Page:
Next was more poignant—countering an attempt on the life of JP in confinement. Mysteriously, starting early November 1975, his health deteriorated sharply. I had serious suspicion about this conspiracy. My assessment was that ‘Delhi Durbar’ considered JP as the only person of stature who could challenge the dynasty and remove it from power. More specifically, he was the biggest stumbling block in Sanjay Gandhi’s ambition to become India’s youngest Prime Minister! And, therefore, JP should be put out. Realising the enormity of the situation, I initiated a ‘pincer movement’ to pressurise Ministry of Home Affairs and Prime Minister’s Office, got JP released and sent him post-haste to Bombay’s Jaslok Hospital just in time to save his life. JP lived for four more years, defeated Emergency in the polls held in March 1977 and returned India back to democracy. The rest is history.
JP himself recorded my role in his eloquent letter (03-11-1977) in Hindi to Union Home Minister (Charan Singh) and Haryana Chief Minister (Devi Lal): “Jab mein Chandigarh mein nazarband tha, Shri Devasahayam ne apne kanoone kartavyon aur maryadon ka palan karthe hue mere saath athyanth hi soujanya ka barthav kiya tha. Unke anek krupayen us samay mere upar hue thi jis keleye unka sadha aabari rahoonga. Is vyakthikath prasangh ko agar chod bhi dhen tho mere upar deputy commissioner ke nathe unke sarkari aachar-vichar ka gambir asar muj par hua tha. Vah el kattar deshbakht, drud-prathiksh aur samarpith adhikari hain….”
DURING Emergency Bansi Lal was CM, Haryana and also Defence Minister of India. In my pursuit of democracy agenda and safeguarding JP, there were sharp differences between us because of his loyalty to Sanjay Gandhi who was on the other extreme of the democracy spectrum!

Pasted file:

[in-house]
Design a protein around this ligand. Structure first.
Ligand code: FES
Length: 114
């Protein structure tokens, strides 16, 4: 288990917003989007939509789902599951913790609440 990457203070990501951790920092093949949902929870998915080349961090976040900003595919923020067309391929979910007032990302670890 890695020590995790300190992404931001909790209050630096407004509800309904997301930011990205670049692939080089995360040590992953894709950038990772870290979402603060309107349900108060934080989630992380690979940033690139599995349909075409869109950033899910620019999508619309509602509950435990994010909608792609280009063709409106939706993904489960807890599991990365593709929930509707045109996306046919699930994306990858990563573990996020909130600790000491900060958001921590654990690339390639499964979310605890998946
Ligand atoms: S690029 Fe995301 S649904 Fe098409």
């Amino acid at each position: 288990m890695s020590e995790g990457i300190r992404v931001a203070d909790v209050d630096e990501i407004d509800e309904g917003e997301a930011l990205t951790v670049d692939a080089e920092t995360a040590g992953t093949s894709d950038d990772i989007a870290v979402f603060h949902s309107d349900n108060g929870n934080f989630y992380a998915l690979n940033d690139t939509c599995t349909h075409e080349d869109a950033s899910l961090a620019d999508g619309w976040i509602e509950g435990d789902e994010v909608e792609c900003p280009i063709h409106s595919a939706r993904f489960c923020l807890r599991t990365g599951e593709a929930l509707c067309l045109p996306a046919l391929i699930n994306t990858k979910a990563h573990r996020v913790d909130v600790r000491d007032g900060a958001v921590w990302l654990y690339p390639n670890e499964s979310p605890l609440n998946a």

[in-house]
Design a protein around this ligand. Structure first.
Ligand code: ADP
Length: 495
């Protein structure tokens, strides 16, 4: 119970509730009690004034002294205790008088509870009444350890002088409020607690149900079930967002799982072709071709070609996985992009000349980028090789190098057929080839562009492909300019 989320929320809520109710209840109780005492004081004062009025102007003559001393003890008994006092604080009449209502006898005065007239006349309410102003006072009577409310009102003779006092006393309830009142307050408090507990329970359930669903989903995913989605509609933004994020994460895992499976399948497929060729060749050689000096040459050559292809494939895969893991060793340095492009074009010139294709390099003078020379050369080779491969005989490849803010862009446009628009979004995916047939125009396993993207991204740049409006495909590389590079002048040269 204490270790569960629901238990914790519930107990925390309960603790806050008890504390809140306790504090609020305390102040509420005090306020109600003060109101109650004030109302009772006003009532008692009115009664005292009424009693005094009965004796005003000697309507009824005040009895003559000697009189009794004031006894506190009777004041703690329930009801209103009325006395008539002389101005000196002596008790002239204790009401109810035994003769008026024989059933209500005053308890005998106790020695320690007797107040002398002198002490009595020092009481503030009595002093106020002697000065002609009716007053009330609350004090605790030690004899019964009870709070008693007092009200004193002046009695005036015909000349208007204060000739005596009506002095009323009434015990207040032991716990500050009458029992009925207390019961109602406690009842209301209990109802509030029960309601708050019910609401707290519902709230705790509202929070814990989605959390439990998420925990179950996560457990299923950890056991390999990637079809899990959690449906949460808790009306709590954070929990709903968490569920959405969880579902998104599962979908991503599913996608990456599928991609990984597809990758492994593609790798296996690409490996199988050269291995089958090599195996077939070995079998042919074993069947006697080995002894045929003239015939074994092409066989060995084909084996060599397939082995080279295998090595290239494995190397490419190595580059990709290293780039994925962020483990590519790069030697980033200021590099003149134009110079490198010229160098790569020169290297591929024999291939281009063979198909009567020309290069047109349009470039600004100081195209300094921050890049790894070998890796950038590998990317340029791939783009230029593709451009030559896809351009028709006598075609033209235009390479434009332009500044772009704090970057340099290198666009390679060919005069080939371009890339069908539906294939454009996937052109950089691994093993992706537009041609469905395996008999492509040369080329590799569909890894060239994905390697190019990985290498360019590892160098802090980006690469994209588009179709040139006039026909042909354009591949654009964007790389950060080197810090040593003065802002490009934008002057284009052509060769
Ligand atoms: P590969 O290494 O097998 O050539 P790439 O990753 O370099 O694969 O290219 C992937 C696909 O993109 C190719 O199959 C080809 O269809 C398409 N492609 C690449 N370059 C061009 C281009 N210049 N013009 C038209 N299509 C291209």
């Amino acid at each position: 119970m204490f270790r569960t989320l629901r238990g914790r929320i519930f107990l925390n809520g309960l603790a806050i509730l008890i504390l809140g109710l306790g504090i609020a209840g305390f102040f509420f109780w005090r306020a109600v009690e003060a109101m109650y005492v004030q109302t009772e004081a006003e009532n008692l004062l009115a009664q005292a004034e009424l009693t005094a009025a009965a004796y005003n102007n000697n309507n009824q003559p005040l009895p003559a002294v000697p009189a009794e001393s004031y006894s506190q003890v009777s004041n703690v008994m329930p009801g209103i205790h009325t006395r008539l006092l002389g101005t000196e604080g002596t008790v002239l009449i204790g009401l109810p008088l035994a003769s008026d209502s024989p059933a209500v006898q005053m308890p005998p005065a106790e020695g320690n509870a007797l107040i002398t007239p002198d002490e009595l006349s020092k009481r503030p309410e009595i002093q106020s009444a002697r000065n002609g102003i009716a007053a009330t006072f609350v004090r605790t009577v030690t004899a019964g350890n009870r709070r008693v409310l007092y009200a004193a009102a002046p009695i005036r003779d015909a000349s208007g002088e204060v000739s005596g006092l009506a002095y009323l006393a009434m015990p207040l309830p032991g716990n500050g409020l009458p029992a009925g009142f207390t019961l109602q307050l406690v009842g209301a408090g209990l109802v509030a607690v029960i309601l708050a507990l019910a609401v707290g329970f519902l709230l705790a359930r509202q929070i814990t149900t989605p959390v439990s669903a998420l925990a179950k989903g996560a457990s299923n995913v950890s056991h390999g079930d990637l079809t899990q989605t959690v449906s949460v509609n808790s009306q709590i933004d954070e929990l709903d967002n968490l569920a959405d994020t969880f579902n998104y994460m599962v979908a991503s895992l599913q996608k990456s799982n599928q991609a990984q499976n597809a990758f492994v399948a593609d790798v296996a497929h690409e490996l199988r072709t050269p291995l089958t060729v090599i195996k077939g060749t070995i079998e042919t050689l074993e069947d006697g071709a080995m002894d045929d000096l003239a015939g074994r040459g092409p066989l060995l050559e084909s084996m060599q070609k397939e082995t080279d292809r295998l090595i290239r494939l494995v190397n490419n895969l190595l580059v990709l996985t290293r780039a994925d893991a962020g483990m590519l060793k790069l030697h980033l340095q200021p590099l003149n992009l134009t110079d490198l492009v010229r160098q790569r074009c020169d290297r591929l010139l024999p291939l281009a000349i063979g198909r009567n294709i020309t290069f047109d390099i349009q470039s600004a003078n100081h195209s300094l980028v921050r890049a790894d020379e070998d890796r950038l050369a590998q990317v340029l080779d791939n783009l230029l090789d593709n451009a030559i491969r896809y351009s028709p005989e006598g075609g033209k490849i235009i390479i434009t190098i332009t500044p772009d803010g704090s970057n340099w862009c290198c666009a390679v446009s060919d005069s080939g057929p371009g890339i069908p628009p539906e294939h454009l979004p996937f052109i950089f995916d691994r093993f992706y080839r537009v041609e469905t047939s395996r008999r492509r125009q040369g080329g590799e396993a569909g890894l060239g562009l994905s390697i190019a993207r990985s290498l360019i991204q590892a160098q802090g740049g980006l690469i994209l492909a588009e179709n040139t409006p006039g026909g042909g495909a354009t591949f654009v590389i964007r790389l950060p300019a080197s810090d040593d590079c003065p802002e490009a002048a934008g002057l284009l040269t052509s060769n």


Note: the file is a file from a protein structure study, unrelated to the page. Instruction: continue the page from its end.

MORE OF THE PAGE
As I moved on, I found the ‘Idea of India’ withering and the service becoming servile. I fought these to the extent possible and being a ‘loner’ far away from my homestead I had severe limitations. So, I bowed out well before my time.So be it!
Governance principles with Chief Minister Bhajan Lal
I knew Bhajan Lal from my Hissar days (he was Chairman of Hissar II Block Samiti) and had held several important positions during his tenure as Chief Minister which included State Transport Controller (STC) and Excise & Taxation Commissioner (ETC).
How I became ETC from STC overnight and back again as STC after some time is a story by itself. It was a cold winter night of December 1981, sometime around Christmas. I was in camp at Delhi and on returning to Haryana Bhavan around midnight found the genial Inspector General of Police at the reception looking very worried. I asked him why and he said that his job was at stake because within three weeks two hooch (illicit liquor) tragedies had happened in the State this time resulting in the death of over 40 people. Prime Minister Indira Gandhi had pulled up Chief Minister Bhajan Lal and he in turn had taken it on the hapless Police chief. Since liquor sale and regulation came under the jurisdiction of ETC, I was wondering about the fate of the incumbent!
CONSOLING the IGP I walked up the steps to my room in the second floor. Between the first and second floors I saw a person wrapped in blanket coming down the steps. On close look I saw it was Chief Minister Bhajan Lal. He also recognised me and said “ah, Devasahayamji ayiye. Zaroori baat karna hai.” (Devasahayam come, we need to talk urgently). In the CM suit I found him tense, which was unusual for Bhajan Lal. He repeated what IGP told me and asked for a solution. I told him I will think over it and revert back. Since it was urgent he wanted me to meet him at 6 am itself.